Lizzie Deignan 'prepared to lose' in order to claim elusive Olympic gold

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Lizzie Deignan 'prepared to lose' in order to claim elusive Olympic gold - Bradley Collyer /PA
Lizzie Deignan 'prepared to lose' in order to claim elusive Olympic gold - Bradley Collyer /PA

Lizzie Deignan has won most of cycling’s biggest races in her career; the world road race title, the Tour of Flanders, Liege-Bastogne-Liege, the Tour of Britain, La Course by Le Tour, Strade Bianche. Inevitably, though – at least for a British athlete – it is the Olympics for which she is best remembered in her home country.

Delivering Team GB’s first medal of those glorious home Games in 2012, when she was still Lizzie Armitstead, a 23-year-old from Otley in Yorkshire who had been talent-spotted by British Cycling as a schoolgirl. Deignan was an immediate hit with the public, as impressive off the bike as she was on it.

“The sexism I have encountered in my career can get quite overwhelming and very frustrating,” Deignan told reporters in no uncertain terms after narrowly losing out to multiple world and Olympic champion Marianne Vos beneath driving rain on the Mall. “You just get used to it, though, and there’s not much I can do about it now as an elite athlete. But I certainly hope to after my career is over.”

She spoke with the confidence of a young athlete unencumbered by baggage and unafraid to speak her mind.

Four years later, that confidence took a huge hit. A bombshell story on the eve of the Rio Olympics that Deignan had managed at the 11th hour to overturn a ban for three whereabouts failures, successfully arguing at the Court of Arbitration for Sport that the first of those missed tests was the fault of the tester, cast a shadow over her career.

Lizzie Deignan 'prepared to lose' in order to claim elusive Olympic gold - Julian Simmonds /Julian Simmonds
Lizzie Deignan 'prepared to lose' in order to claim elusive Olympic gold - Julian Simmonds /Julian Simmonds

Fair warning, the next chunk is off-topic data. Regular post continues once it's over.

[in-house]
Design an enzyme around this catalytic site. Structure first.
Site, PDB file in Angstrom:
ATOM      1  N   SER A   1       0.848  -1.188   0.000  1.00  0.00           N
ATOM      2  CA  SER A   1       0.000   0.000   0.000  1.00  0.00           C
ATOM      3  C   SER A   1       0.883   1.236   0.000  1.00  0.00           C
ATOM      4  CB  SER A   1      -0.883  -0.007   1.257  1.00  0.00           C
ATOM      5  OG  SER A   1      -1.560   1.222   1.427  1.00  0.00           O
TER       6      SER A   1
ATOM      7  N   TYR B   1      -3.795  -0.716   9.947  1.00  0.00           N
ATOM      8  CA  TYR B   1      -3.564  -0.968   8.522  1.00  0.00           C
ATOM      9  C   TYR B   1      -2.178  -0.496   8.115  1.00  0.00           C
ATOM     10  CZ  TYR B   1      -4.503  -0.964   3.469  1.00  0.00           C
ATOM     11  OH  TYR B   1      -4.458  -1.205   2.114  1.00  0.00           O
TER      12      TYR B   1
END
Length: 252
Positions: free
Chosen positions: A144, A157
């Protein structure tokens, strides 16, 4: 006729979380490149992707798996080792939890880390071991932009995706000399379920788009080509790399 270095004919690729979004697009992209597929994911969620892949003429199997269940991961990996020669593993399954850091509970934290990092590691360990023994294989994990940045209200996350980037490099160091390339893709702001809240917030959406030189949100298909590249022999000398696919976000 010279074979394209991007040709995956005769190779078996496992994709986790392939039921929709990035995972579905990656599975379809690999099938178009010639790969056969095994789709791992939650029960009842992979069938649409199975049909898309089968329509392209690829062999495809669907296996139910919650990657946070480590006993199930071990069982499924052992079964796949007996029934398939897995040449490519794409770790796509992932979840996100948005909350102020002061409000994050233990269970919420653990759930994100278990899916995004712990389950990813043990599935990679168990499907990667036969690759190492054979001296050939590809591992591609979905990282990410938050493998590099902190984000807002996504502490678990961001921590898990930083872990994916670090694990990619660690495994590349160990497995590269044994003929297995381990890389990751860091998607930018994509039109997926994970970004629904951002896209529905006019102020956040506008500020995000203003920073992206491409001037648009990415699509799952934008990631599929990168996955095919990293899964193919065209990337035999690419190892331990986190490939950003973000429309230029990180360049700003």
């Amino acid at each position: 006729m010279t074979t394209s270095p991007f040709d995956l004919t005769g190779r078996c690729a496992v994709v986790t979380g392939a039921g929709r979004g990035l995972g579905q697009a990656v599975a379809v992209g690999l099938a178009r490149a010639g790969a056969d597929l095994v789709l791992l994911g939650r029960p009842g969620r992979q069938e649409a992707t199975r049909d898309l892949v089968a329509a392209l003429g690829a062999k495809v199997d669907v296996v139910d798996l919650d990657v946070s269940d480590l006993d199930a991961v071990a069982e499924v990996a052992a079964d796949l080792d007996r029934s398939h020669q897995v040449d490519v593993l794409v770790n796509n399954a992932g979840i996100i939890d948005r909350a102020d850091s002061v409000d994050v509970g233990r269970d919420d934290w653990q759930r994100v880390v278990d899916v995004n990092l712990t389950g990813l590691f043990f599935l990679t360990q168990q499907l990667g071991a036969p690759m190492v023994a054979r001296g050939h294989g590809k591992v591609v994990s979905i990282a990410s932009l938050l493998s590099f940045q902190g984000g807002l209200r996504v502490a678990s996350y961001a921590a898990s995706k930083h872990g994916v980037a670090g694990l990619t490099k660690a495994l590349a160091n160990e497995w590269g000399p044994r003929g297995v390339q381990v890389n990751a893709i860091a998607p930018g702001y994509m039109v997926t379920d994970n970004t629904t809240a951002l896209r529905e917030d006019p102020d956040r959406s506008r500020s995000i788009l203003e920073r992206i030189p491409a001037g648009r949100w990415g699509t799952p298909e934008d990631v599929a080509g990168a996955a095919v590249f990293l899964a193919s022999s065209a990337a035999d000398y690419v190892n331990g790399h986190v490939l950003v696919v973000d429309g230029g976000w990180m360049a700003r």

Deignan rode at those Games under a cloud of controversy, bitterness and regret, with even some of her fellow competitors questioning whether she should be there. “I’ll have to accept that people will doubt me forever,” Deignan admitted tearfully.

Five years on, Deignan is a different person again; married now, mother to a two-year-old daughter, Deignan 3.0 is more relaxed than the 2012 or 2016 versions. Less quick to judge others, less fussed about being judged herself. “Personally and professionally I’m in a totally different place,” she said ahead of the road race, where she will attempt to defy the odds and the ridiculously strong Dutch quartet by claiming the one major title that still eludes her.

“I got married and had a child and lived through a pandemic. So I think my perspective on the importance of being here is different,” she said. “I mean, obviously I’m still very focused and I still want to win the race, but my ability to have perspective on where it stands in my life is different. I’m a lot more relaxed than I would have been going into Rio, just because, yeah, life’s good.”

Faced with the might of the Dutch team, Deignan says she must be “prepared to lose, to win”. With a maximum allotment of four riders, 2012 champion Vos, 2016 champion Anna van der Breggen, Demi Vollering and Annemiek van Vleuten, the Dutch hold all the aces.

Van Vleuten, who suffered a spectacular crash in Rio five years ago, is the long-range option, Van der Breggen and Vos can make the race hard to the circuits where Van der Breggen could ride away as she did at last year’s worlds. If it comes down to a small bunch, Vollering and Vos can take the victory.

Lizzie Deignan 'prepared to lose' in order to claim elusive Olympic gold - Luc Claessen /Velo
Lizzie Deignan 'prepared to lose' in order to claim elusive Olympic gold - Luc Claessen /Velo

“You have four world-class athletes who are able to win the gold themselves,” Deignan agreed. “But potentially the only thing that can work against them is the fact that they have four leaders, and the fact they need it to be a hard race, because I don’t think they will risk taking it to a sprint against people like Emma Norsgaard [Denmark]. They will have to sacrifice some of their riders and it will be a case of who they sacrifice.

“I have to be willing to lose in order to win. I can’t follow every move the Dutch make. I have to be really selective. The only way I can do that is to rely on my race instinct.”

Deignan is in good form, having just finished the Giro Rosa well up on GC despite riding for Trek team-mate Elisa Longo Borghini. But she can only rely on one team-mate in the shape of climber Anna Shackley, whose job will be “to protect me for as long as she can and potentially chase down any moves that look dangerous”.

Whatever happens, Deignan said she would try to enjoy the opportunity with husband Phil at home looking after two-year-old Orla.

“To be Olympic champion you need your build-up to go perfectly, and mentally it was a very challenging time,” she conceded of her experience of four years ago. “I’m just happy that I get to be here, and get to do my job. Not everyone is in that situation. So I’m feeling very relaxed and optimistic about the opportunity to be here.”

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